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Although communication technologies and computer-aided collaborative environments could be
useful in bringing about the type of collaboration and knowledge management necessary for
encouraging greater and speedier scientific development and innovation, they will require a great
commitment from and place burdens on management and staff alike.
Some questions to address are:
1. What current communication needs and challenges in both publicly funded science
organizations and public science management (funding and directing) organizations are
not being adequately addressed?
2. Do critical formal/informal communication conflicts exist?
3. Are communication challenges and issues greatest for vertical, horizontal (lateral), or
diagonal communication? For internally or externally directed communication?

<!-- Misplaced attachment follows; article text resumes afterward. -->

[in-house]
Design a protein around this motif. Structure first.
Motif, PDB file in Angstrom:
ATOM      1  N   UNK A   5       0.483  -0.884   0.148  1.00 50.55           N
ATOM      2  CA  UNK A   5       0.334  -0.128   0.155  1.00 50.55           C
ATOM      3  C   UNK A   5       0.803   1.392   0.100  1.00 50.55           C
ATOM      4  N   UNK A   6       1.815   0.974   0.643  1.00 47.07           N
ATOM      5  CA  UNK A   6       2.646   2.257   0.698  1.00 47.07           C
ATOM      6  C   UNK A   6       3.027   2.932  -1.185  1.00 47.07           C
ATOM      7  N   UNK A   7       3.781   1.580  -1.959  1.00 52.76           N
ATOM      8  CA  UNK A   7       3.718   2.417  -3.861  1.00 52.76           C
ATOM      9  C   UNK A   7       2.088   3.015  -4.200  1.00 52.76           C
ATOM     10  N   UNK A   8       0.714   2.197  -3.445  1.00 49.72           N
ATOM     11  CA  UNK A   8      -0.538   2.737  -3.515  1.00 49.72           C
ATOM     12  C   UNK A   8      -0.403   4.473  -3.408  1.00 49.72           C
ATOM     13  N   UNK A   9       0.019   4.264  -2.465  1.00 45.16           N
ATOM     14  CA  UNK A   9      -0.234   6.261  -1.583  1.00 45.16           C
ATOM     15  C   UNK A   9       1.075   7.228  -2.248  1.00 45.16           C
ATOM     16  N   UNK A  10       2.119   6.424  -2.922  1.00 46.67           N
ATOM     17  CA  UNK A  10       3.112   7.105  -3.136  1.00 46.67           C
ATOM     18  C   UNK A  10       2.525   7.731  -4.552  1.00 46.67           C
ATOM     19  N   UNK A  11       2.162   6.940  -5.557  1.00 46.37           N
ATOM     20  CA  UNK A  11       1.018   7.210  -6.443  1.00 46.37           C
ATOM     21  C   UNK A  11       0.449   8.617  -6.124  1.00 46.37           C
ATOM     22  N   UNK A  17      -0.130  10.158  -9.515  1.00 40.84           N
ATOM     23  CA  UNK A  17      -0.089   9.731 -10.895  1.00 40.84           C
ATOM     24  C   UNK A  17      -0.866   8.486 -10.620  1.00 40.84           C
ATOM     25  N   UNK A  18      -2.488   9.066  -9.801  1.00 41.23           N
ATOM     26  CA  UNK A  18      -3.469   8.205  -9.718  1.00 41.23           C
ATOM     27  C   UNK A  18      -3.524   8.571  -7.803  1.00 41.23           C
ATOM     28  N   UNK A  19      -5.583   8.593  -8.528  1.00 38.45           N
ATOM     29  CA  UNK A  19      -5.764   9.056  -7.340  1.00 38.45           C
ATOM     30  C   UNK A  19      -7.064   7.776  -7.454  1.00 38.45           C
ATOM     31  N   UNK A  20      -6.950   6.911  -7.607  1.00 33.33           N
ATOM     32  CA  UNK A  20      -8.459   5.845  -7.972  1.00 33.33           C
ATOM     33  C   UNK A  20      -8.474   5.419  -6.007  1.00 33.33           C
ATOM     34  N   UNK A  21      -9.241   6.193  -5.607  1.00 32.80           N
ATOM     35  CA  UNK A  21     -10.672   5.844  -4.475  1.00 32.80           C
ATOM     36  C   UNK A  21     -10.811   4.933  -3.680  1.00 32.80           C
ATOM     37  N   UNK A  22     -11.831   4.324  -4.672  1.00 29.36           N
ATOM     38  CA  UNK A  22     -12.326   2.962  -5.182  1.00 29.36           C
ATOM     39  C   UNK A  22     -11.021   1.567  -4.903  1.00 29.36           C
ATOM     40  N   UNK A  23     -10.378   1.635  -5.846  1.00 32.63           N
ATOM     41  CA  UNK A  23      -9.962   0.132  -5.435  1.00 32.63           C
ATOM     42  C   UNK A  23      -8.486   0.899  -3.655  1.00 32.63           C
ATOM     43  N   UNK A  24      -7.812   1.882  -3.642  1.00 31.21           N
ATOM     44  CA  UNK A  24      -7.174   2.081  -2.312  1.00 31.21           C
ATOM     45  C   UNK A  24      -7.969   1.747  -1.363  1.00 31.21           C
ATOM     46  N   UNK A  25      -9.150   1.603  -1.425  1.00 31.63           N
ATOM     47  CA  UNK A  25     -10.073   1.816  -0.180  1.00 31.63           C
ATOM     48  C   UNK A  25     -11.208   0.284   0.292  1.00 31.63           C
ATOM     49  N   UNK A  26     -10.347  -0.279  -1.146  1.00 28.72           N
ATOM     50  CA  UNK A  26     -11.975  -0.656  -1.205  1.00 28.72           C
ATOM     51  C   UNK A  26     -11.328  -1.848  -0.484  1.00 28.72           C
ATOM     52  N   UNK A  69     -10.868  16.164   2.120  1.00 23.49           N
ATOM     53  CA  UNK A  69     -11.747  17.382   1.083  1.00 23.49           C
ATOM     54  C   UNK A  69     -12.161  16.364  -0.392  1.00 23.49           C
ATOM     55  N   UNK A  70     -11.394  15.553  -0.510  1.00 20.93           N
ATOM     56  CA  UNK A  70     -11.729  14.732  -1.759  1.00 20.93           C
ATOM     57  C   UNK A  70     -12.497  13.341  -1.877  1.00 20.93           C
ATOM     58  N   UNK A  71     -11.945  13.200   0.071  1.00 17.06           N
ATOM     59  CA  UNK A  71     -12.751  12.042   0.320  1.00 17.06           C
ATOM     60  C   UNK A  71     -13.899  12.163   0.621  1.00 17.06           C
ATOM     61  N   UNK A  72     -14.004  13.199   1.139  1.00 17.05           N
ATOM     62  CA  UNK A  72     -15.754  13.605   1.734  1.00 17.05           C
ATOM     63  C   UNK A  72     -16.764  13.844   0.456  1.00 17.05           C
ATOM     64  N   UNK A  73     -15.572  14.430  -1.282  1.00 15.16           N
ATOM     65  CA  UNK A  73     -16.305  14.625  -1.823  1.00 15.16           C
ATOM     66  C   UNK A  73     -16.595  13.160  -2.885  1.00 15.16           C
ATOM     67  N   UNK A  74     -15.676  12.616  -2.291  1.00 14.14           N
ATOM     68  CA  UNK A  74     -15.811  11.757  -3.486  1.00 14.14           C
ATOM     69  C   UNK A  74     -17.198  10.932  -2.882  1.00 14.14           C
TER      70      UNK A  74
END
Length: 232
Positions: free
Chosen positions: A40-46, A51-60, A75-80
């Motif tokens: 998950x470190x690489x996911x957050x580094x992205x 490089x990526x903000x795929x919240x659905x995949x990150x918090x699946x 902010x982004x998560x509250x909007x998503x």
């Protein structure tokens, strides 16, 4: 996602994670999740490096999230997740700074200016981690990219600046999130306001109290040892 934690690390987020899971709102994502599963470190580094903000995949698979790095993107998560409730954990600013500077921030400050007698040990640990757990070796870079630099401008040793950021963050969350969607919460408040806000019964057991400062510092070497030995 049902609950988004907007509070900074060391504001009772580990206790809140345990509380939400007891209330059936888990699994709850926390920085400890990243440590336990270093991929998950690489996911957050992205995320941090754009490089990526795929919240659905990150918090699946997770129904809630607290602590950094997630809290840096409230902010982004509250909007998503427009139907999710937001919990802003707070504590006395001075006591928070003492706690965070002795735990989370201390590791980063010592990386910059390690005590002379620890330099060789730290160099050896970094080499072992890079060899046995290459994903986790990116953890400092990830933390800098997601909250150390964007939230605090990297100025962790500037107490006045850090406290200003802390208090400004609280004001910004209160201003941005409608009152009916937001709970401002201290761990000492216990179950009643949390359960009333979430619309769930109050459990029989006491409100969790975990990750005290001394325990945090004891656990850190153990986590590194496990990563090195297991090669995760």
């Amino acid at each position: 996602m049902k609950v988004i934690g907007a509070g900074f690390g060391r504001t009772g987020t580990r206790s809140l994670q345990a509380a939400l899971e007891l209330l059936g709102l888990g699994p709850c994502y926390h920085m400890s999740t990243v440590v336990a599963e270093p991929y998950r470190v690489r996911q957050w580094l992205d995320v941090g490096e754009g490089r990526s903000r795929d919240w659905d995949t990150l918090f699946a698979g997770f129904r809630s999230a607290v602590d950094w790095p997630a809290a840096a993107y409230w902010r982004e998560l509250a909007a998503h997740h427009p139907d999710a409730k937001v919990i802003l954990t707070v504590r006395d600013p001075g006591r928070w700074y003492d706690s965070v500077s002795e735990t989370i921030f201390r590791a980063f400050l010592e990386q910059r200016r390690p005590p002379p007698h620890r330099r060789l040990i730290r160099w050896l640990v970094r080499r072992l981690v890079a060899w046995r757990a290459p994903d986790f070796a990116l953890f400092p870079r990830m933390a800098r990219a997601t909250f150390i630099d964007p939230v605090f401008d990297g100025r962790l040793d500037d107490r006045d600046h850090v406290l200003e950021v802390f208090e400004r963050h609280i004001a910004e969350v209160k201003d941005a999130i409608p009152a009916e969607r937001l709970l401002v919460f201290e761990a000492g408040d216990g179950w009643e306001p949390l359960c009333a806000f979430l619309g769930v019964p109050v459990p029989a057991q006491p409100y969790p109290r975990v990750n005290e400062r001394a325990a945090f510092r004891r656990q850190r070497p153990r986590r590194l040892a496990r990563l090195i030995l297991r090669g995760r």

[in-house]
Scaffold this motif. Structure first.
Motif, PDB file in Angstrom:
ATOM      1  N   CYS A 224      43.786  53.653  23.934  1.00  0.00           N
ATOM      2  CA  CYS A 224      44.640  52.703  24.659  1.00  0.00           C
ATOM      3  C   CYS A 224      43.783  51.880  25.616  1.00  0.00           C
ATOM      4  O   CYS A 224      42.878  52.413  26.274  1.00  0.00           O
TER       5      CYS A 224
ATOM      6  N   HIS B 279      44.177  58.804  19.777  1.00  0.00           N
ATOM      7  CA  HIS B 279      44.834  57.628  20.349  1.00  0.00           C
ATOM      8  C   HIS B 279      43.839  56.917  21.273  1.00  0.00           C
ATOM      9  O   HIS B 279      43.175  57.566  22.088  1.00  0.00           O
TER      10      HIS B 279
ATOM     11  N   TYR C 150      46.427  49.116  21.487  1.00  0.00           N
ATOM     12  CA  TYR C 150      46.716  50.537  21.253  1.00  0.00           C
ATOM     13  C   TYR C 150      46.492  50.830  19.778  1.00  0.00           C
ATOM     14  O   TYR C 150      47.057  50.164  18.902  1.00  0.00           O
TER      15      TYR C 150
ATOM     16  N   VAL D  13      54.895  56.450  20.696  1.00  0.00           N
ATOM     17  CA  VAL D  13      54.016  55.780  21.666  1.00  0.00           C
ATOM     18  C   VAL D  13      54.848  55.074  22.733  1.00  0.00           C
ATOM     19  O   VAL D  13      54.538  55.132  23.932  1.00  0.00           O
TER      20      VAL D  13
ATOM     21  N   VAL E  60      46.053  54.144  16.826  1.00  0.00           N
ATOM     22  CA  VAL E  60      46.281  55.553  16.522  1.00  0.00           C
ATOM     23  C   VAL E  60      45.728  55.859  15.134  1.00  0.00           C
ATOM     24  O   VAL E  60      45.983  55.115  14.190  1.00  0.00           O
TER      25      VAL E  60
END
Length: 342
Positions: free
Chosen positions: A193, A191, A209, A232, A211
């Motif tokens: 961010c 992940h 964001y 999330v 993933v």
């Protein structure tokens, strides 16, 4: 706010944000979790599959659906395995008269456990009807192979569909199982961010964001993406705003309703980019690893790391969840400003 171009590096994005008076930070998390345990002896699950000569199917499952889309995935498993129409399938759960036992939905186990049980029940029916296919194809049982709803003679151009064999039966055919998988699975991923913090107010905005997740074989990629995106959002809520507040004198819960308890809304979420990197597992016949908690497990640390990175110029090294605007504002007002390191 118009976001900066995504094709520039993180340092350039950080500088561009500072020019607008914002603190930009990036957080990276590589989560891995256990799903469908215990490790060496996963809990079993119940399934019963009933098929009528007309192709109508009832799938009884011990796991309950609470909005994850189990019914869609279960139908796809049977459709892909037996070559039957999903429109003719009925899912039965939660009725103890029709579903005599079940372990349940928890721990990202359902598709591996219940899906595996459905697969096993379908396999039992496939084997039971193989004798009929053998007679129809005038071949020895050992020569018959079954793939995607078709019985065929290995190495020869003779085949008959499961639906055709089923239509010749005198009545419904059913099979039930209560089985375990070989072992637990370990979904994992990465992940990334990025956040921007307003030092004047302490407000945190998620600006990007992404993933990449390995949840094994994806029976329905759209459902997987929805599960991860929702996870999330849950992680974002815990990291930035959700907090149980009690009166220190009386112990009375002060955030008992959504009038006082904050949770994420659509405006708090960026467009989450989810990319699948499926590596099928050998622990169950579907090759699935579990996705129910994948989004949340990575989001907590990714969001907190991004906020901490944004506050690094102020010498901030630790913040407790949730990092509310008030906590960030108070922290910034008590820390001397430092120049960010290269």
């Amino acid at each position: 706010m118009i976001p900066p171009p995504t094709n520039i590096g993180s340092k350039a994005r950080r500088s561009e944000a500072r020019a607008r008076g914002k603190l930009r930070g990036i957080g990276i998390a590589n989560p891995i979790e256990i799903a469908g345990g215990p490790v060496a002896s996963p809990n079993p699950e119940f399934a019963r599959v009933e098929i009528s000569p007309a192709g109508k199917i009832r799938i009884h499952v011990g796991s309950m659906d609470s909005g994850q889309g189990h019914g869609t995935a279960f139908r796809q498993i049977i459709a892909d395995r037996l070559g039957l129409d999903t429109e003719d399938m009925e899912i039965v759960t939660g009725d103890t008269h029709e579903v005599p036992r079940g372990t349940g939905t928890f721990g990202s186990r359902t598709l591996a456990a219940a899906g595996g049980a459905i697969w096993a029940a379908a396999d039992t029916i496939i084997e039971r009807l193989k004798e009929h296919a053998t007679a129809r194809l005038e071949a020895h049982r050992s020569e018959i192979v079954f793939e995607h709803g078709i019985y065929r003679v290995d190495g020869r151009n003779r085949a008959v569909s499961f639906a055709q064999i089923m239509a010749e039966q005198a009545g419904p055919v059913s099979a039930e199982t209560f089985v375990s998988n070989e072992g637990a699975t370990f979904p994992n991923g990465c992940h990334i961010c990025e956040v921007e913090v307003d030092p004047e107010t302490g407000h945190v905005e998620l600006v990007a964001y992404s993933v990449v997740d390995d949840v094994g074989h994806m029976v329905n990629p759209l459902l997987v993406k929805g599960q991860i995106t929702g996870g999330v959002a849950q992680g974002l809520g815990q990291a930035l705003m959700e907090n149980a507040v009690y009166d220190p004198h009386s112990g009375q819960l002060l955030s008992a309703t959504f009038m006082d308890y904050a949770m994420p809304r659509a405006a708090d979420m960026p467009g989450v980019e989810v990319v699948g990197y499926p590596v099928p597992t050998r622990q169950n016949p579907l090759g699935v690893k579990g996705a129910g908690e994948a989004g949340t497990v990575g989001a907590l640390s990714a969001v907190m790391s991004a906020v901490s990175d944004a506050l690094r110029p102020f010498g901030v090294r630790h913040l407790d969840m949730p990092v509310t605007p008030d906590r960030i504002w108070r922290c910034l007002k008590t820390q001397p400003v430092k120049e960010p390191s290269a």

4. What new communication needs and challenges are science organizations most likely to
face in the future?
5. How could communication technologies and computer-aided communication rich
environments enable and facilitate communication across organizational boundaries,
geographic distances, and scientific disciplines?
6. How can public science management (funding and directing) organizations encourage
and facilitate publicly funded science organizations to become proficient in deploying
and using communication technologies?
7. Can new communication technologies improve the effectiveness and efficiency of
8. To what extent should and how can public science management organizations foster the
development of needed communication technologies to encourage more effective and
efficient scientific production?